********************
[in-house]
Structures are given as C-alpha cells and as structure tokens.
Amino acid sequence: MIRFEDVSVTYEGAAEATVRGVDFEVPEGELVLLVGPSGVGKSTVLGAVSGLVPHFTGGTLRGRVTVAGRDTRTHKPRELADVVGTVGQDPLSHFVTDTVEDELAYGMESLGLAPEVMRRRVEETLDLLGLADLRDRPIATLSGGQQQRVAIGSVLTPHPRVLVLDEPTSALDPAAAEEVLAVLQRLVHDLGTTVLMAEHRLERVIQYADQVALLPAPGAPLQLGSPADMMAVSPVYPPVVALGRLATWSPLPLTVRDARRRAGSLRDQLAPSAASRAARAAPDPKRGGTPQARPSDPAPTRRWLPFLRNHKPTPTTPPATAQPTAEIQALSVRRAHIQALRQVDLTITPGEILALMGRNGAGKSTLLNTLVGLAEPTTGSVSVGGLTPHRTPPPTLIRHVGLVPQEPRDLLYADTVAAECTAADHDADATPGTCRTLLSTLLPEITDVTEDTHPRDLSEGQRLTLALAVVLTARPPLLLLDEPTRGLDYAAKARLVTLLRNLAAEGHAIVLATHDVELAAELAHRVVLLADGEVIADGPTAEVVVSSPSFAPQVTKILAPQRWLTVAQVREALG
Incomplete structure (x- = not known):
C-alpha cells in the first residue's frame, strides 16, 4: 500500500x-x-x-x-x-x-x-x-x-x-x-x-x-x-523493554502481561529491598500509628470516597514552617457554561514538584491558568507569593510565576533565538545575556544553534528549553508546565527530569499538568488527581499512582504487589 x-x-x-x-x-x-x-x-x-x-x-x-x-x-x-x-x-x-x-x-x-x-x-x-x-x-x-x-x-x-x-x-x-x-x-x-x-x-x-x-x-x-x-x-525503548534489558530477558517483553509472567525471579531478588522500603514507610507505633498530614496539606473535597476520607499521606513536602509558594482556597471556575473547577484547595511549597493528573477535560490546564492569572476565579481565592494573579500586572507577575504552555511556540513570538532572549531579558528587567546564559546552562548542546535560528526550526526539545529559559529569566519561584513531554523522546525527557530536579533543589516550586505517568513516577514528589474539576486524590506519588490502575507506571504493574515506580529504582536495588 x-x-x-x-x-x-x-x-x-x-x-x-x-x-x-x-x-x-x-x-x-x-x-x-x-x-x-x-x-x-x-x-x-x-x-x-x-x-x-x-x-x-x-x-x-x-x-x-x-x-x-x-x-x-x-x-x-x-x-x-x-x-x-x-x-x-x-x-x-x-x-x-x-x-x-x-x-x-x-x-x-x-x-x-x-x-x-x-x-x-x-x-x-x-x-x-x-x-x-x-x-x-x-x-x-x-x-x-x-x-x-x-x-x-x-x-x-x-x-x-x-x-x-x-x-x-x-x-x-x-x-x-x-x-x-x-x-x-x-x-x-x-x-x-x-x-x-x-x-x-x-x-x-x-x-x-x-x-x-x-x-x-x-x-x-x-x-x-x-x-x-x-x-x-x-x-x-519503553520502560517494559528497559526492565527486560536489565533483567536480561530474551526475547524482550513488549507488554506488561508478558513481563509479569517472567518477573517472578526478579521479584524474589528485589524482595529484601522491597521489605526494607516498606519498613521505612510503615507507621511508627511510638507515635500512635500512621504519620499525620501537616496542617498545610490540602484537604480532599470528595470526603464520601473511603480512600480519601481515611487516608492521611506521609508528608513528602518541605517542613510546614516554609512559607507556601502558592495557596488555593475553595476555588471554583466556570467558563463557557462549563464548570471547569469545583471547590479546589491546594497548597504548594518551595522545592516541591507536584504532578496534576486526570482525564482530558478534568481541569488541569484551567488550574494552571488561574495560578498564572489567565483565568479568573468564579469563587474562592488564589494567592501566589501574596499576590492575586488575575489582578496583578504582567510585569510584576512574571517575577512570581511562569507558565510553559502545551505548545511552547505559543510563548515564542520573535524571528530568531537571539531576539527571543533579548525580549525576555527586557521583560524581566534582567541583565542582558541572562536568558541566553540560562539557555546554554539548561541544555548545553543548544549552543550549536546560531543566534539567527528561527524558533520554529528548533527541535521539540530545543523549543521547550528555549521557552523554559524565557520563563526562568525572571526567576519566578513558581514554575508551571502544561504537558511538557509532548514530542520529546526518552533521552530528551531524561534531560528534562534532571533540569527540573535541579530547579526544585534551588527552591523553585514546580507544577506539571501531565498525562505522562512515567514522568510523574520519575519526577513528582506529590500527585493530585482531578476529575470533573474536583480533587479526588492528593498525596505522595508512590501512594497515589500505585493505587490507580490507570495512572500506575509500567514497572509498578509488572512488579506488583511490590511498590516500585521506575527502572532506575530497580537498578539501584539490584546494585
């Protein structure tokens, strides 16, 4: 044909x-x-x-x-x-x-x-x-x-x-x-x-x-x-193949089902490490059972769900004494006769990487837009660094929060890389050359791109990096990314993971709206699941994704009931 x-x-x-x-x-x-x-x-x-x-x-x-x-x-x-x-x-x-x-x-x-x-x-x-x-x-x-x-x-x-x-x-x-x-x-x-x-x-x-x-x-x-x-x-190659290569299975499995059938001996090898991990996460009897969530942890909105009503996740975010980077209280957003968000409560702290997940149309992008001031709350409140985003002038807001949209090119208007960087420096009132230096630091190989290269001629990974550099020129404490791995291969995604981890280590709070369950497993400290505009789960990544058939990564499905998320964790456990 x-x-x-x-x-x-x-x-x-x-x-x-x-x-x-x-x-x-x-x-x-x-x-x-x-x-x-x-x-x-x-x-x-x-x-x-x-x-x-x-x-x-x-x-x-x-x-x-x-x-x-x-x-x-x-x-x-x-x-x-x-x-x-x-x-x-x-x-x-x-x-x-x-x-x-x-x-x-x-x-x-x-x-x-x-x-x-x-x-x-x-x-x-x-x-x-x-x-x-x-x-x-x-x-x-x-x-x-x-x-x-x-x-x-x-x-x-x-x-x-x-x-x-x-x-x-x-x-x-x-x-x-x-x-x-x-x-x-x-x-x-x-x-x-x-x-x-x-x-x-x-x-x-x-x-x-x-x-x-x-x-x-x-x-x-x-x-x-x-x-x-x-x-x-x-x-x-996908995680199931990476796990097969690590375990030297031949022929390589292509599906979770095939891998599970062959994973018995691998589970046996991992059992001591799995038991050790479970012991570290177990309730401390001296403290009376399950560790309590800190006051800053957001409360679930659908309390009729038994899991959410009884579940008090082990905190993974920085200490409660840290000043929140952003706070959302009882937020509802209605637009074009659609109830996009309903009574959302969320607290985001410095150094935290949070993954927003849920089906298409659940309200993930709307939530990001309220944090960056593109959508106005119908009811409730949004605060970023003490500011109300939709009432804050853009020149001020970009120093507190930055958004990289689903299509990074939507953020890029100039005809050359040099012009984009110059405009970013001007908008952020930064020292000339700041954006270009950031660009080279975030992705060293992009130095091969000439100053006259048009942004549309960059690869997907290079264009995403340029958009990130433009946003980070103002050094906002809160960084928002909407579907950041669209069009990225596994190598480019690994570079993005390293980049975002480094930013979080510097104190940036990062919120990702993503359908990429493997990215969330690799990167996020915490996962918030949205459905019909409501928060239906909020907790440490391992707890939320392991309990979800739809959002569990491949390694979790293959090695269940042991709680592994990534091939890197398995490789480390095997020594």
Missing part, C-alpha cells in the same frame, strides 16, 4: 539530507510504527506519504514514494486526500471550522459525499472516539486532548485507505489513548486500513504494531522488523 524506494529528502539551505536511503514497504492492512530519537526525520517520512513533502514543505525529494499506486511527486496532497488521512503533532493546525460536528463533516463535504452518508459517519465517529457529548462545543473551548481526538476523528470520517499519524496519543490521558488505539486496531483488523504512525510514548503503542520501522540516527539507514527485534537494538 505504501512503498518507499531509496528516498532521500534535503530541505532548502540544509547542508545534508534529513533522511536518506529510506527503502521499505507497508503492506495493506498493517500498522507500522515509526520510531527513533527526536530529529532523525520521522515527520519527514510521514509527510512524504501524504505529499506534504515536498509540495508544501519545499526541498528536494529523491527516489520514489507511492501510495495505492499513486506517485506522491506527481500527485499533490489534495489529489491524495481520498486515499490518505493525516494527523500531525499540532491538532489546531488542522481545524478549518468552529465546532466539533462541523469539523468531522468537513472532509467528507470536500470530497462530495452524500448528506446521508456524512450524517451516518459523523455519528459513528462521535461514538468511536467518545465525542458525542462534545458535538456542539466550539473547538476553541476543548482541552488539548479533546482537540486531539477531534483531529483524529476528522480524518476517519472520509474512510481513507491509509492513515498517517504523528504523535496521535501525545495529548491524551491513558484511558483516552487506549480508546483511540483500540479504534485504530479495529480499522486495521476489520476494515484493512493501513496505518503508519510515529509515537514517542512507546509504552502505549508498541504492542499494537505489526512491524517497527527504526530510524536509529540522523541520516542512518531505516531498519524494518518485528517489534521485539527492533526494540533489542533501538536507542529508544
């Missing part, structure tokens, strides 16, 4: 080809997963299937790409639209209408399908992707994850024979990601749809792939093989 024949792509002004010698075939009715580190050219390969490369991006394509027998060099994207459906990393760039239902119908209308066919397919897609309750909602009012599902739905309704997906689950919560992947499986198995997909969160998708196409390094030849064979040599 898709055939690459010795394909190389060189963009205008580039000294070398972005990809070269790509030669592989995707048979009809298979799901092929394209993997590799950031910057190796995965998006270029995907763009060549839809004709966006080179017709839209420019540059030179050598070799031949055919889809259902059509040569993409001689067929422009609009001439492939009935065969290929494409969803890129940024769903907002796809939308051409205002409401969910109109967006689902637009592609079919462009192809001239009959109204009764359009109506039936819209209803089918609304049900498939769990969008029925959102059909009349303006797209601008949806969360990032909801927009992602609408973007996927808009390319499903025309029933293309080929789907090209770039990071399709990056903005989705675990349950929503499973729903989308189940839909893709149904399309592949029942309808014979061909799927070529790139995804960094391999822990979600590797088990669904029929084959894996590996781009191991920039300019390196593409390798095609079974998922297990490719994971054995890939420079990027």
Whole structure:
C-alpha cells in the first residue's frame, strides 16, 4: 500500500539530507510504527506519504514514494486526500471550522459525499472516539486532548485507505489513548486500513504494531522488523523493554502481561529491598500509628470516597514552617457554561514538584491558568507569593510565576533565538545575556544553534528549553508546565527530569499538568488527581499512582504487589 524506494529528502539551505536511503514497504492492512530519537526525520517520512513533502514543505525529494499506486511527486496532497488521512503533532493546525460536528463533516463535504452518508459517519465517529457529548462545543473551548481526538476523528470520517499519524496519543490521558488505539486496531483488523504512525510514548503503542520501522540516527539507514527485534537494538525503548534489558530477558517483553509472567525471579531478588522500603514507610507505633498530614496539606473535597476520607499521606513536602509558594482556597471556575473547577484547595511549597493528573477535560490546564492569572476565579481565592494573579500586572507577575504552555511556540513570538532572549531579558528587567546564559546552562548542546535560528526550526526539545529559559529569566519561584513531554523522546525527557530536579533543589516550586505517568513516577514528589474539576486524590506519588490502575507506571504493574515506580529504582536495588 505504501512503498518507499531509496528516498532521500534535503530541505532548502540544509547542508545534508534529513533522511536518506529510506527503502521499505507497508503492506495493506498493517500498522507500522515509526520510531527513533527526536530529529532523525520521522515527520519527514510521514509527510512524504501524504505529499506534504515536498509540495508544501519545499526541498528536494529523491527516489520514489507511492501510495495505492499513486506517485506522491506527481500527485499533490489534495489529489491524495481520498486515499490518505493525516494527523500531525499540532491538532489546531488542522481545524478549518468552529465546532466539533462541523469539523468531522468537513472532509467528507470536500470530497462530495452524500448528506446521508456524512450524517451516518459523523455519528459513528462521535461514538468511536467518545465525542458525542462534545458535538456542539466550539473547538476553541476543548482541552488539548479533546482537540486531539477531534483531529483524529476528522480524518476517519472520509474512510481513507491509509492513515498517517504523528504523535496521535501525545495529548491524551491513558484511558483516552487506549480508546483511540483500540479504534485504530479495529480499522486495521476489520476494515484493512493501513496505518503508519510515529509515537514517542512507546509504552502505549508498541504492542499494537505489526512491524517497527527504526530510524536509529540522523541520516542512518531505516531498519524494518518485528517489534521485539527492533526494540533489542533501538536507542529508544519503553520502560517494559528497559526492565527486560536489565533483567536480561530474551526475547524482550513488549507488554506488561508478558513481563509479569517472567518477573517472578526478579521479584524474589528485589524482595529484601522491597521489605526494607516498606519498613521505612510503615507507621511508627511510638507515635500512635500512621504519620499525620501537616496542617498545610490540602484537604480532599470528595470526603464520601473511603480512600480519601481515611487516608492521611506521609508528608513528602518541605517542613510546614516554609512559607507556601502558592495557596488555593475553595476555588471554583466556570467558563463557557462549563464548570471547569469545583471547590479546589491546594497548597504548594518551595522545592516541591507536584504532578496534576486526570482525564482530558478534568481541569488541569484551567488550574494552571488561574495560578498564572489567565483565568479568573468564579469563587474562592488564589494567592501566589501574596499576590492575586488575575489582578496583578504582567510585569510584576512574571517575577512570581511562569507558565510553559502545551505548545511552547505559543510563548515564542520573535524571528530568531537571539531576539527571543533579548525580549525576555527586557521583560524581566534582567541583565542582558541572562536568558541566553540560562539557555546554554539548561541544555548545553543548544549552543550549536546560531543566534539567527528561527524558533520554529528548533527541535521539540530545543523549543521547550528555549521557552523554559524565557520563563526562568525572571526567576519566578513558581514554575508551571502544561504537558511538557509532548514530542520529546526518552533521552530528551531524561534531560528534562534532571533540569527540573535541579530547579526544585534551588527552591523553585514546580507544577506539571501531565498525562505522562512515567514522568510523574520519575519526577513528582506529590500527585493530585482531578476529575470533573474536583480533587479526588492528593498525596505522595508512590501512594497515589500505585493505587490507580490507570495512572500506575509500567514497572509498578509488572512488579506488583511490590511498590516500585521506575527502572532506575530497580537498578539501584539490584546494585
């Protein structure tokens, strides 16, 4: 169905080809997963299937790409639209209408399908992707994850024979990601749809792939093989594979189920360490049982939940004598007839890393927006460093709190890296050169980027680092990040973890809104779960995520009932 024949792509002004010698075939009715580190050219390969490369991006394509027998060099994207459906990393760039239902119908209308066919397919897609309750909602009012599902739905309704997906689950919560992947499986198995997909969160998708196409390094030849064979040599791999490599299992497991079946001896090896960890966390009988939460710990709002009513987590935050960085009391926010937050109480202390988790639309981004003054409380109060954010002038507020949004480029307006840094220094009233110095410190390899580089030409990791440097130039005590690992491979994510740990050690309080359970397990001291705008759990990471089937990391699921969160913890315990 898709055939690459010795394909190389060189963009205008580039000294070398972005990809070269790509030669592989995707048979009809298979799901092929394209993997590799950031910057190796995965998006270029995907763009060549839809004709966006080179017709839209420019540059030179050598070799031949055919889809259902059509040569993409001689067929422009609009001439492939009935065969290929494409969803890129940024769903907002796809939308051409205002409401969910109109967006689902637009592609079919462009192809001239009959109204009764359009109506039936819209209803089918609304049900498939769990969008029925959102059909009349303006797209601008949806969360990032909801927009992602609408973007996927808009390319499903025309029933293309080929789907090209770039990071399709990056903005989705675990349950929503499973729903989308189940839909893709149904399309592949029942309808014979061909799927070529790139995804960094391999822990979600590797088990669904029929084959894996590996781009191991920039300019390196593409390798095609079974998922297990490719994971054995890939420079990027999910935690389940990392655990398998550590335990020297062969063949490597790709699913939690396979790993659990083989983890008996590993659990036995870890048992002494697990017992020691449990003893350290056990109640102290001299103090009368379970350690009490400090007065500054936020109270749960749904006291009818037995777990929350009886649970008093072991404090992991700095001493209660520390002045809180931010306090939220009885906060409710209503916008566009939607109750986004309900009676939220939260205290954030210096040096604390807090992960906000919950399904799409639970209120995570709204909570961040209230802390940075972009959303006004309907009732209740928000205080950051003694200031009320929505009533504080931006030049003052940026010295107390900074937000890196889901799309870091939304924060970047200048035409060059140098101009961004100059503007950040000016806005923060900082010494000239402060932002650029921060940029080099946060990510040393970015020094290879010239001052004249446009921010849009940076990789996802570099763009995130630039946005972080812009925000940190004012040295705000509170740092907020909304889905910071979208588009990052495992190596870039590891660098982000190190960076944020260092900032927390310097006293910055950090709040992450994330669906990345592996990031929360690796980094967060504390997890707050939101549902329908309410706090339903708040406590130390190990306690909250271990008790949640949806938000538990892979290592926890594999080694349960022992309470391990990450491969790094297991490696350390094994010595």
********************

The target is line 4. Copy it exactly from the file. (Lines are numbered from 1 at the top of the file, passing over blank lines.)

Incomplete structure (x- = not known):